The school experience is further complicated and the future even more uncertain for students with disabilities. Males have higher rates of autism, psychoses, and schizophrenia, as well as attention deficit hyperactivity disorder (ADHD) and learning disabilities. Females are more likely to be diagnosed with depression; however, teenage males are more likely to commit suicide. Female teens are more likely to display eating disorders. Many disorders have a genetic basis; however, social expectations also contribute to gender differences in prevalence.
Russo and Wehmeyer report in their recent book, Double Jeopardy: Addressing Gender Equity in Special Education, that the ratio of males to females in special education is 2:1. Students who are referred, assessed, and eventually placed are those who are noticed. It is hypothesized that more boys are referred because they are more likely to display noticeable behavior problems combined with learning problems. Boys are more often referred for services for anger and bullying. Girls often have attention deficits without hyperactivity and internalizing disorders such as anxiety and depression, which are less likely to be detected. As a result, girls often display greater academic deficits by the time they are referred for a special education evaluation.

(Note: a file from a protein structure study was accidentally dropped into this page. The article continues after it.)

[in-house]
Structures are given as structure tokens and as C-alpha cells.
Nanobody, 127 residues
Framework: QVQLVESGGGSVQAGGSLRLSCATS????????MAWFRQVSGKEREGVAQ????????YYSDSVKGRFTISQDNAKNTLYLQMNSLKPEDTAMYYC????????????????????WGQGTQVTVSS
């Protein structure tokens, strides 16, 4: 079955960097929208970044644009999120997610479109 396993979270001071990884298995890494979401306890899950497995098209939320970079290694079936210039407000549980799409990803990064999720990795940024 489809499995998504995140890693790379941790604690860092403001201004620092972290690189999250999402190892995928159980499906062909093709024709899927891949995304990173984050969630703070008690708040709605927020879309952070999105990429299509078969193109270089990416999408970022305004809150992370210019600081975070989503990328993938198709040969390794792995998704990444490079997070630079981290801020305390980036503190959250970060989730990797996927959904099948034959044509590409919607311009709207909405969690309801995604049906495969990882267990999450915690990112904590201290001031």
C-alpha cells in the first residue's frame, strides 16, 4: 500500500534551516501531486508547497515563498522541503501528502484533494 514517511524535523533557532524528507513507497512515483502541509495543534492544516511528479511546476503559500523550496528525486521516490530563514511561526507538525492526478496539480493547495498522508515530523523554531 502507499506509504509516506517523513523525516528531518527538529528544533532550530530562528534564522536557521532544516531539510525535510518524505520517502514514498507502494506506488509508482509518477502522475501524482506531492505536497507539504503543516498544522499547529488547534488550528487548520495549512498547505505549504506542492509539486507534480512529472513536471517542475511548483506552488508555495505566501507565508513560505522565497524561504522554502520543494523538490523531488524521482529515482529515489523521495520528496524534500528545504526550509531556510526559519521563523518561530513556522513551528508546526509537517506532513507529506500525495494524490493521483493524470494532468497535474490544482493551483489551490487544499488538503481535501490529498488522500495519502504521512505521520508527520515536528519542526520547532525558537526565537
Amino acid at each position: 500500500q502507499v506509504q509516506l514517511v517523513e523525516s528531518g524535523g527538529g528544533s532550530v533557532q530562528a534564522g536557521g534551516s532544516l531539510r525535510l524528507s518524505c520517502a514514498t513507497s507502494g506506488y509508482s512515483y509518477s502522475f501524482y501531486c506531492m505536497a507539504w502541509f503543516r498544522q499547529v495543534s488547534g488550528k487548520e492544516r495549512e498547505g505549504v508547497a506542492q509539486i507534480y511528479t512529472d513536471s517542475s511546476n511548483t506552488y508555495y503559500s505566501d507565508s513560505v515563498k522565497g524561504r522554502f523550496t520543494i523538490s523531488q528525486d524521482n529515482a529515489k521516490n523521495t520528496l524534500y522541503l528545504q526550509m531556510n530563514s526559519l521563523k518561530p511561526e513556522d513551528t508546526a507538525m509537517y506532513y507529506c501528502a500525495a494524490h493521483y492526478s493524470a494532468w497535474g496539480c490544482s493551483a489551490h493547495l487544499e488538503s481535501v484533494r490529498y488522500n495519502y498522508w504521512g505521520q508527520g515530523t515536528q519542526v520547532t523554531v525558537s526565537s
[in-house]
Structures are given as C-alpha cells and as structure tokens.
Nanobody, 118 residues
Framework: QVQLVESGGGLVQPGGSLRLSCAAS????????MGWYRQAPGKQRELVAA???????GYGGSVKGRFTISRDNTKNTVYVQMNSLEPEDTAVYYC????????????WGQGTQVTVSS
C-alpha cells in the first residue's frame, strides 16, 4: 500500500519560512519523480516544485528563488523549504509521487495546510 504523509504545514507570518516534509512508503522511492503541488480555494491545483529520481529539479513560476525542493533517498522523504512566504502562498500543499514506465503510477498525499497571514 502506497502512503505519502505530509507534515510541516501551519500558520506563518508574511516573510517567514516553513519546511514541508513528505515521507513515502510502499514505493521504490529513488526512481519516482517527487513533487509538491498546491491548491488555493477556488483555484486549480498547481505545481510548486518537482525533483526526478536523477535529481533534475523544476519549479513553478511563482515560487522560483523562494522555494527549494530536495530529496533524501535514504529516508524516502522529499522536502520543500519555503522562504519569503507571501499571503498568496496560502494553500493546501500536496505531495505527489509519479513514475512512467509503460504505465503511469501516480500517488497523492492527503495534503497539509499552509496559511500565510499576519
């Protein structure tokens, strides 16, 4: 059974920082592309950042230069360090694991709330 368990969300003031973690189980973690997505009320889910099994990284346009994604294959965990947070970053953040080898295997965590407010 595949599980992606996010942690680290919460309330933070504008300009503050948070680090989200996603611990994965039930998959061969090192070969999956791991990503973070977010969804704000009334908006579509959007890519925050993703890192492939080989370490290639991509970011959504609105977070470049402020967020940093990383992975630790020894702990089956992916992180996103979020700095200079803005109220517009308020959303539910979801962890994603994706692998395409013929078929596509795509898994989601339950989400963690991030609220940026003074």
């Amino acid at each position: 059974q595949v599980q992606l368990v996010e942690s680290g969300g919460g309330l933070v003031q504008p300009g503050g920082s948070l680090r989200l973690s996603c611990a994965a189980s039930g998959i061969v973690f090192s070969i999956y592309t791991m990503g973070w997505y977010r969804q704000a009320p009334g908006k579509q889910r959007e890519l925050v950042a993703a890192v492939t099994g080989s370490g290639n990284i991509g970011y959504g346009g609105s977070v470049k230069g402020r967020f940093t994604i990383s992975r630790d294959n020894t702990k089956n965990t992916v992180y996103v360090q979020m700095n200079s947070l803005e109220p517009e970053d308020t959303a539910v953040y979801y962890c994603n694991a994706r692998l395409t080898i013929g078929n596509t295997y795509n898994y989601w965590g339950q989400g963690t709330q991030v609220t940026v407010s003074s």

School is not the same experience for boys and girls. Gender school is a term that was coined by Luria and Herzog (1985) to describe how peers reinforce gender-associated behavior. However, parents begin gender education at birth by their differential treatment of girls and boys. Schools and society promote innate differences by stereotyped curriculum and expectations. Eliminating gender bias will maximize the potential of all boys and girls.
—Marilyn S. Wilson
See also Aggression in Schools; Attention Deficit
Hyperactivity Disorder; Bullying and Victimization;
Depression; Discipline; Dropouts; Eating Disorders;
Gangs; Harassment; Puberty; Race, Ethnicity, Class, and
Gender; Social Skills
Was this article helpful?